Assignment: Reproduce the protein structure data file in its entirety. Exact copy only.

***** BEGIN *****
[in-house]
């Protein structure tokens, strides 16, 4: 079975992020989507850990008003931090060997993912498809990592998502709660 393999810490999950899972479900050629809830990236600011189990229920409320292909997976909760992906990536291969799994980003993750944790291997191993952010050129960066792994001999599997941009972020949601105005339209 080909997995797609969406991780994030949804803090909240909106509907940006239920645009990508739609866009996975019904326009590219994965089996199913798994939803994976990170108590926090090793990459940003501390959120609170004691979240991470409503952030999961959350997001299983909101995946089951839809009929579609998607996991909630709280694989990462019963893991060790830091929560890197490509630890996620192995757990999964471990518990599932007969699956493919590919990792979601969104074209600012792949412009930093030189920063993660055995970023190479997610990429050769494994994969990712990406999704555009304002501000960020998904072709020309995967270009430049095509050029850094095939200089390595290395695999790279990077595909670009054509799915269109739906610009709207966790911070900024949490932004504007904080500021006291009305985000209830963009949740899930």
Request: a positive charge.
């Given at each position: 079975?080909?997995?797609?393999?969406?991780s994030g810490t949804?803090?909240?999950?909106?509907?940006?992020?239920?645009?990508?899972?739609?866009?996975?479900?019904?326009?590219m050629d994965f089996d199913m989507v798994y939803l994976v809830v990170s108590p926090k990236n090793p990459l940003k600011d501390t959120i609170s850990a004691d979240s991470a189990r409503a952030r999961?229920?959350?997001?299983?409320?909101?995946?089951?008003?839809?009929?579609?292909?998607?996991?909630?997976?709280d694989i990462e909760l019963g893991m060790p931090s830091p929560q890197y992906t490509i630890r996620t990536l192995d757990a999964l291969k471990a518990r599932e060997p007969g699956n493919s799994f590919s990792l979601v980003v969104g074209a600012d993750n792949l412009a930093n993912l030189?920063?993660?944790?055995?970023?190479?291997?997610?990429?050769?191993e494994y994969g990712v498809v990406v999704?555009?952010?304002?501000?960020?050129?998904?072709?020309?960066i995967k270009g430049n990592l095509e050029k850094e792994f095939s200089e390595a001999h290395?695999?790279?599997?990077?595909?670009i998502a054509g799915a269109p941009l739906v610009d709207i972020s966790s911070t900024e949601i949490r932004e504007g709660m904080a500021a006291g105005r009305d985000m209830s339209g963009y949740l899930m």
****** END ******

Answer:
[in-house]
């Protein structure tokens, strides 16, 4: 079975992020989507850990008003931090060997993912498809990592998502709660 393999810490999950899972479900050629809830990236600011189990229920409320292909997976909760992906990536291969799994980003993750944790291997191993952010050129960066792994001999599997941009972020949601105005339209 080909997995797609969406991780994030949804803090909240909106509907940006239920645009990508739609866009996975019904326009590219994965089996199913798994939803994976990170108590926090090793990459940003501390959120609170004691979240991470409503952030999961959350997001299983909101995946089951839809009929579609998607996991909630709280694989990462019963893991060790830091929560890197490509630890996620192995757990999964471990518990599932007969699956493919590919990792979601969104074209600012792949412009930093030189920063993660055995970023190479997610990429050769494994994969990712990406999704555009304002501000960020998904072709020309995967270009430049095509050029850094095939200089390595290395695999790279990077595909670009054509799915269109739906610009709207966790911070900024949490932004504007904080500021006291009305985000209830963009949740899930």
Request: a positive charge.
């Given at each position: 079975?080909?997995?797609?393999?969406?991780s994030g810490t949804?803090?909240?999950?909106?509907?940006?992020?239920?645009?990508?899972?739609?866009?996975?479900?019904?326009?590219m050629d994965f089996d199913m989507v798994y939803l994976v809830v990170s108590p926090k990236n090793p990459l940003k600011d501390t959120i609170s850990a004691d979240s991470a189990r409503a952030r999961?229920?959350?997001?299983?409320?909101?995946?089951?008003?839809?009929?579609?292909?998607?996991?909630?997976?709280d694989i990462e909760l019963g893991m060790p931090s830091p929560q890197y992906t490509i630890r996620t990536l192995d757990a999964l291969k471990a518990r599932e060997p007969g699956n493919s799994f590919s990792l979601v980003v969104g074209a600012d993750n792949l412009a930093n993912l030189?920063?993660?944790?055995?970023?190479?291997?997610?990429?050769?191993e494994y994969g990712v498809v990406v999704?555009?952010?304002?501000?960020?050129?998904?072709?020309?960066i995967k270009g430049n990592l095509e050029k850094e792994f095939s200089e390595a001999h290395?695999?790279?599997?990077?595909?670009i998502a054509g799915a269109p941009l739906v610009d709207i972020s966790s911070t900024e949601i949490r932004e504007g709660m904080a500021a006291g105005r009305d985000m209830s339209g963009y949740l899930m």